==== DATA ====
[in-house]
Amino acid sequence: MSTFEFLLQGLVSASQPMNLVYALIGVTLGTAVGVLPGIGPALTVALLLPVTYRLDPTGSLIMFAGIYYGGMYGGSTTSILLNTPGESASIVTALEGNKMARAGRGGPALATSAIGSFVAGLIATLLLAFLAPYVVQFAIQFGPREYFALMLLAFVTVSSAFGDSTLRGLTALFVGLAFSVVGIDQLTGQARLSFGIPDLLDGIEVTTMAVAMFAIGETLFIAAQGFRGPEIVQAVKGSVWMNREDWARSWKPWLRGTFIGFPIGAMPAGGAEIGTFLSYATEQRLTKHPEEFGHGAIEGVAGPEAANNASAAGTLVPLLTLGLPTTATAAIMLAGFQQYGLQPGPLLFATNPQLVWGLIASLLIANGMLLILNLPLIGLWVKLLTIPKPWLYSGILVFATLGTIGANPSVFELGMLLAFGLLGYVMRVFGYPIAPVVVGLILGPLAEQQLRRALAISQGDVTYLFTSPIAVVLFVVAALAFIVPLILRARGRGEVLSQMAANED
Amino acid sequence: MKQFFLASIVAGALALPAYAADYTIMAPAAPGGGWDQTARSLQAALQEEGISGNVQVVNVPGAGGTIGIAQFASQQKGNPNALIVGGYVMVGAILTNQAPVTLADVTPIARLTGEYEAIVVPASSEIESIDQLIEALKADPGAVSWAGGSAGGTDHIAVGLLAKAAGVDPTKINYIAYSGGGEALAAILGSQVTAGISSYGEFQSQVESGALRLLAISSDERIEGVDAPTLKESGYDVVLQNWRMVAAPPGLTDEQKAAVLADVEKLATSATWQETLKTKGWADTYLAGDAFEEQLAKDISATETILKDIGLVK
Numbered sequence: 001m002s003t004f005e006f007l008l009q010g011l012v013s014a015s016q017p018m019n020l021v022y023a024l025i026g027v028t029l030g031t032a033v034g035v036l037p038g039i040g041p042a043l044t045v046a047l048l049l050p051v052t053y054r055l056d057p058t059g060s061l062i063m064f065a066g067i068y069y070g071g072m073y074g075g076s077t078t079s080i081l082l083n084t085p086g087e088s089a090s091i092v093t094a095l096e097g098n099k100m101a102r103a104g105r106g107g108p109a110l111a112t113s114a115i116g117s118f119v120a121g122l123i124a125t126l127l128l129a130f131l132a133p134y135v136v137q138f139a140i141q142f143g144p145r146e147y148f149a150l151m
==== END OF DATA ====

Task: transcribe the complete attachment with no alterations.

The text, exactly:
[in-house]
Amino acid sequence: MSTFEFLLQGLVSASQPMNLVYALIGVTLGTAVGVLPGIGPALTVALLLPVTYRLDPTGSLIMFAGIYYGGMYGGSTTSILLNTPGESASIVTALEGNKMARAGRGGPALATSAIGSFVAGLIATLLLAFLAPYVVQFAIQFGPREYFALMLLAFVTVSSAFGDSTLRGLTALFVGLAFSVVGIDQLTGQARLSFGIPDLLDGIEVTTMAVAMFAIGETLFIAAQGFRGPEIVQAVKGSVWMNREDWARSWKPWLRGTFIGFPIGAMPAGGAEIGTFLSYATEQRLTKHPEEFGHGAIEGVAGPEAANNASAAGTLVPLLTLGLPTTATAAIMLAGFQQYGLQPGPLLFATNPQLVWGLIASLLIANGMLLILNLPLIGLWVKLLTIPKPWLYSGILVFATLGTIGANPSVFELGMLLAFGLLGYVMRVFGYPIAPVVVGLILGPLAEQQLRRALAISQGDVTYLFTSPIAVVLFVVAALAFIVPLILRARGRGEVLSQMAANED
Amino acid sequence: MKQFFLASIVAGALALPAYAADYTIMAPAAPGGGWDQTARSLQAALQEEGISGNVQVVNVPGAGGTIGIAQFASQQKGNPNALIVGGYVMVGAILTNQAPVTLADVTPIARLTGEYEAIVVPASSEIESIDQLIEALKADPGAVSWAGGSAGGTDHIAVGLLAKAAGVDPTKINYIAYSGGGEALAAILGSQVTAGISSYGEFQSQVESGALRLLAISSDERIEGVDAPTLKESGYDVVLQNWRMVAAPPGLTDEQKAAVLADVEKLATSATWQETLKTKGWADTYLAGDAFEEQLAKDISATETILKDIGLVK
Numbered sequence: 001m002s003t004f005e006f007l008l009q010g011l012v013s014a015s016q017p018m019n020l021v022y023a024l025i026g027v028t029l030g031t032a033v034g035v036l037p038g039i040g041p042a043l044t045v046a047l048l049l050p051v052t053y054r055l056d057p058t059g060s061l062i063m064f065a066g067i068y069y070g071g072m073y074g075g076s077t078t079s080i081l082l083n084t085p086g087e088s089a090s091i092v093t094a095l096e097g098n099k100m101a102r103a104g105r106g107g108p109a110l111a112t113s114a115i116g117s118f119v120a121g122l123i124a125t126l127l128l129a130f131l132a133p134y135v136v137q138f139a140i141q142f143g144p145r146e147y148f149a150l151m